Identification of hop cultivars using high resolution melt curve analysis

Hops Session
William A Deutschman, Westminster College, Salt Lake City, UT, USA
Co-author(s): Julie Kilpatrick and Brian Avery, Westminster College, Salt Lake City, UT, USA

ABSTRACT: It is important for hop breeders, growers, and brewers to be able to accurately distinguish hop varieties. Here, we report the use of high resolution melting (HRM) of DNA fragments to identify and differentiate DNA microsatellite sequences from various hop strains. HRM is a PCR based technique that allows for the identification and differentiation of closely related DNA sequences that may differ in sequence by as little as a single base. HRM monitors the fluorescence of a dye that binds specifically to double stranded DNA and therefore can precisely measure the fraction of a sample that is annealed at any given temperature. HRM analysis is then based on the melting temperature profile of a PCR product, which depends both on the length and specific DNA sequence of that product. Thus, different products that are identical or nearly identical in length and cannot be distinguished by gel-based analyses can be easily discriminated using HRM. We performed HRM on 10 commercial hop cultivars and 3 native hop samples from northern Utah. Multiple primer pairs were used to amplify different microsatellite regions in order to assess the discriminatory power of each microsatellite region. Our results show that the HRM technique can differentiate between microsatellite alleles that were previously scored as being identical using gel-based detection methods. Thus, HRM shows great promise as a fast technique with stronger resolving power than traditional methods for identification or verification of hop cultivars. The goal of our work is to take advantage of the benefits of HRM to establish a broader DNA based scheme for cultivar identification that will be of use to hop breeders, growers, and brewers.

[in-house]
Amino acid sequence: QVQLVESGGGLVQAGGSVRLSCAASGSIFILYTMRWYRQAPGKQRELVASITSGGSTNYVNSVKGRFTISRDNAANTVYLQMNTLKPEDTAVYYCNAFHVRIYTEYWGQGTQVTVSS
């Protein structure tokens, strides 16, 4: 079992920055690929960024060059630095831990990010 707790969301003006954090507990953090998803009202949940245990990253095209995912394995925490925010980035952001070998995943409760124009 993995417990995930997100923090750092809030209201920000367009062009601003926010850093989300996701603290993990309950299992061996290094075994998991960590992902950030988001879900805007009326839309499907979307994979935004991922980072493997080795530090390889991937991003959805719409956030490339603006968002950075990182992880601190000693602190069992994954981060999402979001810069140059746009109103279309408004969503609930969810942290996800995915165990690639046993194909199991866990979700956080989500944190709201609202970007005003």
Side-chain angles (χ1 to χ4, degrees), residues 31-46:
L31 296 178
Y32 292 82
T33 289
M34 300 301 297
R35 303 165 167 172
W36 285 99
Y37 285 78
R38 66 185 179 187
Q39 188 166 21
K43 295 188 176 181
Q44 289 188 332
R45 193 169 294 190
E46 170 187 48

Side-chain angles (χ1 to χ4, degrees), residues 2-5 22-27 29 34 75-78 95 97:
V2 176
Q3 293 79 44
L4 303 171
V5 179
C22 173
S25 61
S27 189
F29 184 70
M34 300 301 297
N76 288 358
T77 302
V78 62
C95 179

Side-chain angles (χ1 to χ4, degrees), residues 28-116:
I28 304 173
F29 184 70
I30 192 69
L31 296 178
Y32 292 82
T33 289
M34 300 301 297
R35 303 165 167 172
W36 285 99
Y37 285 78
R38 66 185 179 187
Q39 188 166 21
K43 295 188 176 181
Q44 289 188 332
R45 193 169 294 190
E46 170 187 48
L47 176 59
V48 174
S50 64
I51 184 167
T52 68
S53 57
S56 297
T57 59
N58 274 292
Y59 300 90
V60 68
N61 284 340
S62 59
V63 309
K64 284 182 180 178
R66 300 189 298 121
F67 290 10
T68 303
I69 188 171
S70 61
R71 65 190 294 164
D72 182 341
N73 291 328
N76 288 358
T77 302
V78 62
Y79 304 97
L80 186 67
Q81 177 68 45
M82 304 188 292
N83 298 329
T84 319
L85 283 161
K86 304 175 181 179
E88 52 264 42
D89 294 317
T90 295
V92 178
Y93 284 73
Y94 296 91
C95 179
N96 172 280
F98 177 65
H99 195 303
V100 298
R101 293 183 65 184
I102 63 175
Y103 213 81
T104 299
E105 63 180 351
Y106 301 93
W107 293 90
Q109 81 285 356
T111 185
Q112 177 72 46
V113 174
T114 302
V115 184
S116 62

William Deutschman earned his Ph.D. degree in chemistry in 2001 at the Institute of Molecular Biology at the University of Oregon. From 2001 to 2006, he taught biochemistry at Plattsburgh State University in Plattsburgh, NY. In 2006, he moved to Westminster College in Salt Lake City, where he currently teaches chemistry, biochemistry, and brewing science, while also pursuing research projects with undergraduate students in the areas of brewing and fermentation science.